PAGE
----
District officials counter that they will fully comply with all environmental requirements as part of the ongoing permitting process. They expect to complete the regular permitting process next year.
In the meantime, using the emergency permit from the county, they are pursuing what they are calling “a permanent emergency solution.” Under the emergency permit, the plant will only be permitted to operate during periods of Stage 3 drought conditions, which is the extreme emergency.
The plant design is based on a study by the U.S. Army Corps of Engineers that identified a brackish desalination plant along San Simeon Creek as the most technically feasible option. Brackish water is water that has more salinity than freshwater but not as much salt as seawater.
The idea is to meet the needs of the current emergency while, at the same time, build a plant that is permanent enough to be able to handle drought conditions and water shortages that could last for years, Bahringer said.
“It’s a health and safety issue,” he said. “People are suffering too much and we want them to get back to normal.”
However, state regulators and many in the community have been critical of this approach. In a strongly worded letter to the district, the California Coastal Commission said the district could have used a portable desalination plant like the kind used along the Gulf Coast in 2005 following Hurricane Katrina, which could have been up and running by July.
“Emergency permits are meant to be for the short term,” said Tom Luster, an environmental scientist with the Coastal Commission. “This has turned into something more elaborate and permanent.”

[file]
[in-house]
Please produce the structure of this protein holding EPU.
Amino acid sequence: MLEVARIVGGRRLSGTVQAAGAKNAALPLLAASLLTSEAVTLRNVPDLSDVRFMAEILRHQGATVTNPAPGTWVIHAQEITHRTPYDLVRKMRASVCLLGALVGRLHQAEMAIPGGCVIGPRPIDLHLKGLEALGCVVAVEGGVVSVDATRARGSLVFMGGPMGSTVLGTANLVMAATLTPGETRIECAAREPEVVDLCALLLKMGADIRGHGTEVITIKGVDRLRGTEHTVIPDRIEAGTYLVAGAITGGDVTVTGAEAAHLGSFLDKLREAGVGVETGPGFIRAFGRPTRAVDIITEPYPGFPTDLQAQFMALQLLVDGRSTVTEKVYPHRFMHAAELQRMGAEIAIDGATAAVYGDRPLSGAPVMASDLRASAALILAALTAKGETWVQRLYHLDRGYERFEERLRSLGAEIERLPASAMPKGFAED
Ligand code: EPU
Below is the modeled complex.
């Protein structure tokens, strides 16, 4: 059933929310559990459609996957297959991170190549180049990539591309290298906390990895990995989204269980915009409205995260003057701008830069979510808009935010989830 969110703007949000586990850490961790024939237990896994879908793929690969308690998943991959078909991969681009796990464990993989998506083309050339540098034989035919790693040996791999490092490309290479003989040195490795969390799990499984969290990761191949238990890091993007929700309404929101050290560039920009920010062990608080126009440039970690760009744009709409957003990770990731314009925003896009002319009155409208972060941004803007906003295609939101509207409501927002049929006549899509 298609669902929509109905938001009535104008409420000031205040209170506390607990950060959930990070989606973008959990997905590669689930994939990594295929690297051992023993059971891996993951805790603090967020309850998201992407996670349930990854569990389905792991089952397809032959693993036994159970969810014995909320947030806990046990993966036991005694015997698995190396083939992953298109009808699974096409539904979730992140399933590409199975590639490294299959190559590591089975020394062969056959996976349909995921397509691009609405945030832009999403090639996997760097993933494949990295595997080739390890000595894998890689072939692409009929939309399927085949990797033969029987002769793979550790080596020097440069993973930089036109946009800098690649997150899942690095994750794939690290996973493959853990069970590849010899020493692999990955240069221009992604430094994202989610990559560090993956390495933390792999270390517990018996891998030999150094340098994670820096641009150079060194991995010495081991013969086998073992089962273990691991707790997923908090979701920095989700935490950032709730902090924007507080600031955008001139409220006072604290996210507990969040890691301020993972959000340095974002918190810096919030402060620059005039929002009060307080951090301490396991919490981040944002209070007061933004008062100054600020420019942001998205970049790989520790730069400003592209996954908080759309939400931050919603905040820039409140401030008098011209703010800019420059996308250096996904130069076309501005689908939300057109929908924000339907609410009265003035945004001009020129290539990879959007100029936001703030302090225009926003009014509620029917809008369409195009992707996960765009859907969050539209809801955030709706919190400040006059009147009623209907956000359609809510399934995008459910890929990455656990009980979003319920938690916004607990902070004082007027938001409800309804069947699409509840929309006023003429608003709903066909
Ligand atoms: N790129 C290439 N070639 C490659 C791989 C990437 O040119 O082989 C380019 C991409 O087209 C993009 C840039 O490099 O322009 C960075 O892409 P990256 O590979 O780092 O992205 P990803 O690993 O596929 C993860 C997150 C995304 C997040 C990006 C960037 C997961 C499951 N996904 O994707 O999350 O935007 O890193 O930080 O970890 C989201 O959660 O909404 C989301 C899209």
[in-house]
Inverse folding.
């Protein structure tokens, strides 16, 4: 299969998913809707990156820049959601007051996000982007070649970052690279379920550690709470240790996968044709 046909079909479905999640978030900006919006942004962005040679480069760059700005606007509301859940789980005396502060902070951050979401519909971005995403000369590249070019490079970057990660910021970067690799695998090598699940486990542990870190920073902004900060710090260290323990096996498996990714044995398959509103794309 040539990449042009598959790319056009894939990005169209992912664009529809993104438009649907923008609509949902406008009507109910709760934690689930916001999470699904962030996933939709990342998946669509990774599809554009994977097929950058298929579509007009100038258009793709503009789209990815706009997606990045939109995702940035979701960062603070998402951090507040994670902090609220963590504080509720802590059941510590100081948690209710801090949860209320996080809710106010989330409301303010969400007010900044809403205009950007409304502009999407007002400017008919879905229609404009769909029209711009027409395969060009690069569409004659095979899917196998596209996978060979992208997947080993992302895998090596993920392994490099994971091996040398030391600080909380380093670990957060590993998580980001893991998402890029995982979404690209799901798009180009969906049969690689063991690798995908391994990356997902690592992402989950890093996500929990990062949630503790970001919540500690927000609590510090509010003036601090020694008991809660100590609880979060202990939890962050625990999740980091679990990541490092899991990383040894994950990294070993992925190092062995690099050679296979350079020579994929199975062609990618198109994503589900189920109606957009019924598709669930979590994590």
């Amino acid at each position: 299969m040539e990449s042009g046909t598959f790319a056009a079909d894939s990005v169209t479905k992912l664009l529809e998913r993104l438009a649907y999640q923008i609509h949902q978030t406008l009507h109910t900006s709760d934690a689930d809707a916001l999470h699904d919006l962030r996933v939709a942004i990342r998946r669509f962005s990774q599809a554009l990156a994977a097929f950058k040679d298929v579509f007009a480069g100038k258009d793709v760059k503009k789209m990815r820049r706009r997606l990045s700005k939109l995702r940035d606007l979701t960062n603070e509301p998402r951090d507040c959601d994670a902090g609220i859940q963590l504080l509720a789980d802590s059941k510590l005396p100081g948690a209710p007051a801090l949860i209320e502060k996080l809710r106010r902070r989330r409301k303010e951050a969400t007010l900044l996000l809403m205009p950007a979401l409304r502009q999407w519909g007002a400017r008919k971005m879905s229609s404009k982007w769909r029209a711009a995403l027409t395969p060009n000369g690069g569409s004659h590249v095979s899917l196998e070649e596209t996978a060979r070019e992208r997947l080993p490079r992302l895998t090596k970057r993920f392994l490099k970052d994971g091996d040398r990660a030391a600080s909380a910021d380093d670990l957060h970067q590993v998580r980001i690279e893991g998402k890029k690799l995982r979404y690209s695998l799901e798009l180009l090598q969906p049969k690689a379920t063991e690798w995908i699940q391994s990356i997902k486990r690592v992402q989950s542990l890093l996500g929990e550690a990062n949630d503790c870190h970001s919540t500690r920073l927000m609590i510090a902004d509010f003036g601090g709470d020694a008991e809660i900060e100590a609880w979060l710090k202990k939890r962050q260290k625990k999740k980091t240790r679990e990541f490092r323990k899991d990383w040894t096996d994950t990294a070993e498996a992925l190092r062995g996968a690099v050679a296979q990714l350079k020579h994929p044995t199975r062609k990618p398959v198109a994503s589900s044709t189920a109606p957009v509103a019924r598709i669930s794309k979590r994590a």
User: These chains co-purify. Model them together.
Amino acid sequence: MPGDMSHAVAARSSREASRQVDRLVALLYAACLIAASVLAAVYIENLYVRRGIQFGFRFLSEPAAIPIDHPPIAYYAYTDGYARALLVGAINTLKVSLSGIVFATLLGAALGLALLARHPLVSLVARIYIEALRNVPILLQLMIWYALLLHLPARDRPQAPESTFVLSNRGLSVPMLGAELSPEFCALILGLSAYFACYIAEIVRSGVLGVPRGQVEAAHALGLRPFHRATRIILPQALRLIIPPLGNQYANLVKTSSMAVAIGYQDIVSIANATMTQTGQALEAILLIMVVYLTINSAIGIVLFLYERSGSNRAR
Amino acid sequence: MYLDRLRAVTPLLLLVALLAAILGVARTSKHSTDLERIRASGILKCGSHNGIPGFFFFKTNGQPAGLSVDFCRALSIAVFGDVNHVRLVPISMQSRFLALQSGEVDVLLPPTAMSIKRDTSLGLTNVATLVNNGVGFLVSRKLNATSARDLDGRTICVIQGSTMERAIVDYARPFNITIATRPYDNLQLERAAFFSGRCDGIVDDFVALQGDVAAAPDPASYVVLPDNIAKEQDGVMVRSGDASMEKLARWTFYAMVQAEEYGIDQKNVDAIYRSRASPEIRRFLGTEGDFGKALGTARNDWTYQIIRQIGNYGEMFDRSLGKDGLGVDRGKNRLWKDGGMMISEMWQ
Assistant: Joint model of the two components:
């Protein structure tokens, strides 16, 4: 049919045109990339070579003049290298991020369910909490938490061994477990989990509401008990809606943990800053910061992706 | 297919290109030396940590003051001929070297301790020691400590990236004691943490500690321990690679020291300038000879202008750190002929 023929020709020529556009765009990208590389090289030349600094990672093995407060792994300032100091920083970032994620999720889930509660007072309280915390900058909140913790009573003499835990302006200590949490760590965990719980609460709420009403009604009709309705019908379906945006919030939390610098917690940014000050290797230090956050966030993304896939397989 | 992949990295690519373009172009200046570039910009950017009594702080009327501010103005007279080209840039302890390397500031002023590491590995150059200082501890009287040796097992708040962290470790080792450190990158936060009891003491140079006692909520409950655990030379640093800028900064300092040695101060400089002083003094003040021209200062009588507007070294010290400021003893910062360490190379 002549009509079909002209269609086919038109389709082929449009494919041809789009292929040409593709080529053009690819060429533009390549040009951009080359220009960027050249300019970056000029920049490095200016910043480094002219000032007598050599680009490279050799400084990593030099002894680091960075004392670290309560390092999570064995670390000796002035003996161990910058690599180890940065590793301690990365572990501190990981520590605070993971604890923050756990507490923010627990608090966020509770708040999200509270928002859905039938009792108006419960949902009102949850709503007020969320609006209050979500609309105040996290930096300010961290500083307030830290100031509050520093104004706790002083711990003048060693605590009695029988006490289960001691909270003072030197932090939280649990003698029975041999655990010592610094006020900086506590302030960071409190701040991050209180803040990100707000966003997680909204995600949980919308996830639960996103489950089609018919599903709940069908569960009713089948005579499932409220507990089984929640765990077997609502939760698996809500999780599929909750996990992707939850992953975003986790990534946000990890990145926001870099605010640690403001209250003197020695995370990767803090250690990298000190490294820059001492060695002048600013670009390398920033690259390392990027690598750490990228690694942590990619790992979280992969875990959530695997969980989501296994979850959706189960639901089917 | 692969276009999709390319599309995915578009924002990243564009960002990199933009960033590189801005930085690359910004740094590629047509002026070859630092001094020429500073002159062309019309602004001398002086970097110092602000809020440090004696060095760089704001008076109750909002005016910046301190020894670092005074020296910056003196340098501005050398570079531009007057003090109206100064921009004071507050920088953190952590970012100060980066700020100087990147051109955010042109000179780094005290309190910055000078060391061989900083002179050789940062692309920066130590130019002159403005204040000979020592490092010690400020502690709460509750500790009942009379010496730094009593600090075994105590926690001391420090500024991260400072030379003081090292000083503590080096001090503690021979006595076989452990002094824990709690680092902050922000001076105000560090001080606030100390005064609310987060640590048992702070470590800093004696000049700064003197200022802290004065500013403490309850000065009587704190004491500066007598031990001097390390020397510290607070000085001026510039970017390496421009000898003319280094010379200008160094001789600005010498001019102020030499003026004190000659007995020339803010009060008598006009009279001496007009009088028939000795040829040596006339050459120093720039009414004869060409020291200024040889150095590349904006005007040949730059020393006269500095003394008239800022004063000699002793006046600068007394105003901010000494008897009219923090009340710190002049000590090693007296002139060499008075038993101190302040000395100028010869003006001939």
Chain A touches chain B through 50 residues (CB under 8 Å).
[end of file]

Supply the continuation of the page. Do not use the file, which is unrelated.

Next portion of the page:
The district board looked at this option but rejected it for a variety of reasons, Bahringer said. These included the inability to get a loan to finance the portable unit as well as concerns that a more permanent facility would be needed.
The facility under construction is designed to be quickly installed by housing the filtration and treatment units and other equipment in shipping containers and installing distribution pipes above ground, said Robert Gresens, district engineer.
The plant could be easily modified if the district decides to make it truly permanent, Gresens said. These modifications would include installing solar panels to provide electricity and burying the pipes.
District officials also acknowledge that the desalination plant under construction is likely to become permanent, operating at least during droughts and other low-water periods. One of the main reasons for this is the fact that the district took out a 20-year loan to pay for it.
The use of brackish water rather than seawater for desalination is a growing national trend. The desalination plants in Sand City and Orange County as well as more than 100 plants in Texas use brackish water.
“Until recently, brackish water was not considered usable,” said Kyle Frazier, director of the Texas Desalination Association. “But with chronic drought conditions, it is suddenly becoming more and more useful.”
The advantage of using brackish water is that its salinity levels are often much less than seawater, making it cheaper to turn into freshwater. The water to be used in the Cambria plant is about 8 to 10 percent of the salinity of the ocean.
Using less salty water reduces the cost of running the powerful pumps used to filter the salt out, and reduces the stress on expensive reverse-osmosis filtering membranes. It also reduces the amount of salt residue that needs to be disposed of after the brine is evaporated.
The desalination plant will still have several potentially significant environmental impacts that the district will have to fully analyze and deal with once the plant is up and running.
Reference : www.sanluisobispo.com